NEW YORK • Over the past few weeks, it seemed like Neiman Marcus could not make up its mind about whether to sell Ms Ivanka Trump's fine jewellery.
The brand's baubles disappeared, reappeared and then disappeared again from the department store's website. But now, Neiman Marcus will not have much of a choice.
Ms Trump's brand has discontinued its line of high-end bracelets, necklaces and rings - which sold for several thousand dollars apiece - the company confirmed this week. Instead, it will focus on more affordable fashion jewellery, according to Ms Abigail Klem, president of Ms Trump's brand.
Ms Klem attributed the decision to the company's "commitment to offering solution-oriented products at accessible price points".
She did not mention Neiman Marcus or any of the other retailers that had recently backed away from carrying Ms Trump's increasingly politicised products.
The decision to discontinue the fine jewellery line was reported last week by Vanity Fair.
The brand's shoes, handbags and clothing lines have become targets for both supporters and detractors of her father, United States President Donald Trump, in his political rise to the White House.
Many shoppers have rallied behind Grab Your Wallet, a largely grassroots movement to boycott companies associated with the Trump name. Some companies, such as Nordstrom and T.J. Maxx, have pulled back from promoting Ms Trump's brand.
After the Nordstrom decision, the President and one of his top advisers, Ms Kellyanne Conway, spoke out in support of the brand.
"Go buy Ivanka's stuff is what I would say," Ms Conway said last month during an interview on Fox News. "I'm going to give a free commercial here: Go buy it today, everybody. You can find it online."
Representatives for Ms Trump have said overall sales of her products rose 21 per cent in 2016 compared with 2015. Ms Klem said February this year saw some of the "best performing weeks in the history of the brand".
In January, for instance, the first daughter's fashion line ranked No. 550 based on the number of orders from Lyst, the biggest fashion e-commerce website in the world, according to Forbes.
That changed dramatically the following month. Sales of the products skyrocketed in early February, making her Lyst's 11th most popular brand. The biggest spike, according to Lyst, came on Feb 9, when Ms Conway made her comments and sales jumped by 219 per cent from the day before.
Ms Trump licenses her name to various partners who manufacture her products. The largest share of her revenue comes from sales of clothing, followed by shoes and handbags. Fine jewellery has always made up a small percentage of her overall business, according to company documents and interviews with former employees.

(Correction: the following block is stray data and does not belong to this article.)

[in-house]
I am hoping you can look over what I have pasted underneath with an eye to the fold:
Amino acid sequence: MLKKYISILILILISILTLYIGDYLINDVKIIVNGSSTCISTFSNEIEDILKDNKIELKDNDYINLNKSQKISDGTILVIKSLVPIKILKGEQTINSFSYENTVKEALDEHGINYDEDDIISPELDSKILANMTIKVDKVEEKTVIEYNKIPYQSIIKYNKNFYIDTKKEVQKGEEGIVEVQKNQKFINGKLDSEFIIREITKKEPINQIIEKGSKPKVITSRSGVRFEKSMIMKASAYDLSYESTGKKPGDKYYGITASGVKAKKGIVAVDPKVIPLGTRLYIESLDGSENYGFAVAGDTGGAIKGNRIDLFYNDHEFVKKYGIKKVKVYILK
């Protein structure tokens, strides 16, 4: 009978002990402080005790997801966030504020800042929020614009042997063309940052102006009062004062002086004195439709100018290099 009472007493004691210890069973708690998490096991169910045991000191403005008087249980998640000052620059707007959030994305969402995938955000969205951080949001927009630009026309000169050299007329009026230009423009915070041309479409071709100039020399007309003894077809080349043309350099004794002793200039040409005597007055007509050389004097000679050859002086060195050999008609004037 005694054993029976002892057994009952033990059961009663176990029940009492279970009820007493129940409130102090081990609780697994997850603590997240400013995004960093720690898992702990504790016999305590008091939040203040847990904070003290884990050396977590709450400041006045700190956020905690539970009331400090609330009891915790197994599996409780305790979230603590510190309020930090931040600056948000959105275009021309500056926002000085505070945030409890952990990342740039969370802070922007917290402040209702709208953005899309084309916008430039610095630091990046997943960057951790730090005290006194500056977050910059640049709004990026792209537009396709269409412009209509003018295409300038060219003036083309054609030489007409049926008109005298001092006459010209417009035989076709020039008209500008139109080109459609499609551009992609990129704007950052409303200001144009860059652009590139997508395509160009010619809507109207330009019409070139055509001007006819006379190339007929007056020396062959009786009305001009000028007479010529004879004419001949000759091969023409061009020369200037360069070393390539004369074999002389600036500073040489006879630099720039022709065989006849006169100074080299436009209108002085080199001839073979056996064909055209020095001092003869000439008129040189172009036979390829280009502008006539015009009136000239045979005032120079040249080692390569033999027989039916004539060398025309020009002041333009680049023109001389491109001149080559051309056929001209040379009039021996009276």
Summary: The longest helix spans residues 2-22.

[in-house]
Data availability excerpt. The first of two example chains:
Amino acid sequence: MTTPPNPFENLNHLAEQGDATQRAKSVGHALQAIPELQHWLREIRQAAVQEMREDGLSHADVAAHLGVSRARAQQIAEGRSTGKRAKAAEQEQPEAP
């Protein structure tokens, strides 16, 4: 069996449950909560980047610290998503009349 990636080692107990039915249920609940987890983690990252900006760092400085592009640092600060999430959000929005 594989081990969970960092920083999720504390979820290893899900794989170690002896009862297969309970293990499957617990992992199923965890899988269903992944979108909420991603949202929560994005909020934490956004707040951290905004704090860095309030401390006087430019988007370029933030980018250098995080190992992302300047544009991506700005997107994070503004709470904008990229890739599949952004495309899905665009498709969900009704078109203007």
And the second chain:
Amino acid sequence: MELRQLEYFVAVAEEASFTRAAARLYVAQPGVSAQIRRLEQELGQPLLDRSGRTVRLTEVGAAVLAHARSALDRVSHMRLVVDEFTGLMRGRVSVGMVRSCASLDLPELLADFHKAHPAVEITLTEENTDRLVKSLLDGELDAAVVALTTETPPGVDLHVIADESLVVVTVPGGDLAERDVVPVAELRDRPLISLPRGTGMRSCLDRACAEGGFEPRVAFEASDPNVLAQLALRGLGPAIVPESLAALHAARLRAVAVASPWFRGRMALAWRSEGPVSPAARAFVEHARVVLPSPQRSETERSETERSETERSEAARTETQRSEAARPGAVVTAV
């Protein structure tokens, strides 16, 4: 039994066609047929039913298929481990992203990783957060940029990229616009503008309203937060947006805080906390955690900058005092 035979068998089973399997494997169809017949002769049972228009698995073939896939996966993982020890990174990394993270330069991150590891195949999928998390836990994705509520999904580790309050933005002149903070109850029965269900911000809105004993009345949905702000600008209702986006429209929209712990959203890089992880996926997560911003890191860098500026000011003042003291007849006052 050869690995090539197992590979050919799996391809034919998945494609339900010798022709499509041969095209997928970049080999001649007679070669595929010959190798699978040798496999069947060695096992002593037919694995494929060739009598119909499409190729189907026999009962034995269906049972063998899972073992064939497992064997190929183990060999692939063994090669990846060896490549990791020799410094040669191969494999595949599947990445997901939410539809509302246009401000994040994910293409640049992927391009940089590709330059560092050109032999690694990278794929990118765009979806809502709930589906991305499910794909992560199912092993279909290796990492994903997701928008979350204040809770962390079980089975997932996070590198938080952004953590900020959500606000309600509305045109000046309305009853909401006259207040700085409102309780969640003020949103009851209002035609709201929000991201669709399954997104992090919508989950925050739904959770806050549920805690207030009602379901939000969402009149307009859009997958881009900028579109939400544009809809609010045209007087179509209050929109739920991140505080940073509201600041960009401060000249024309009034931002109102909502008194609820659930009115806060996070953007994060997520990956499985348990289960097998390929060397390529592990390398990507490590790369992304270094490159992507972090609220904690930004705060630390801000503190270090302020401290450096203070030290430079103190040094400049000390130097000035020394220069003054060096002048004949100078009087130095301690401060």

Jewellery, however, was her first major foray into licensing her name. She partnered Mr Moshe Lax, a New York-based diamond wholesaler, who helped her open a retail location on the Upper East Side of Manhattan in 2007.
In 2011, the boutique moved to a sprawling store in the SoHo neighbourhood. That location, however, was not profitable enough to stay open. It closed in 2015.
More recently, Ms Trump's fine jewellery has been sold out of a kiosk in the lobby of Trump Tower in Midtown Manhattan.
Late last year, Lord & Taylor began selling her fashion jewellery, which is the product of a new licensing partnership, according to a spokesman for the brand.
Unlike her diamond-encrusted fine jewellery, items in the fashion jewellery line are aimed at the mass market, with many items priced at less than US$100 (S$141).
The company projected to make about US$300,000 in royalty fees last year, according to company documents from 2014 that were obtained by The New York Times. Sales were expected to reach about US$7.5 million last year.
When journalists received a "style alert" from Ivanka Trump Fine Jewelry, critics pounced on Ms Trump, accusing her of using her proximity to the White House to promote her brand.
Ms Klem blamed a "well-intentioned marketing employee" for the mishap, saying the company was still figuring out how to move forward appropriately post-election.
Ms Trump still maintains a financial interest in her namesake brand. But since the election, she has taken steps to distance herself from her business interests.
She has stepped away from leadership positions at both her brand and at the Trump Organization, where she served as an executive vice-president for development and acquisitions.
NYTIMES, WASHINGTON POST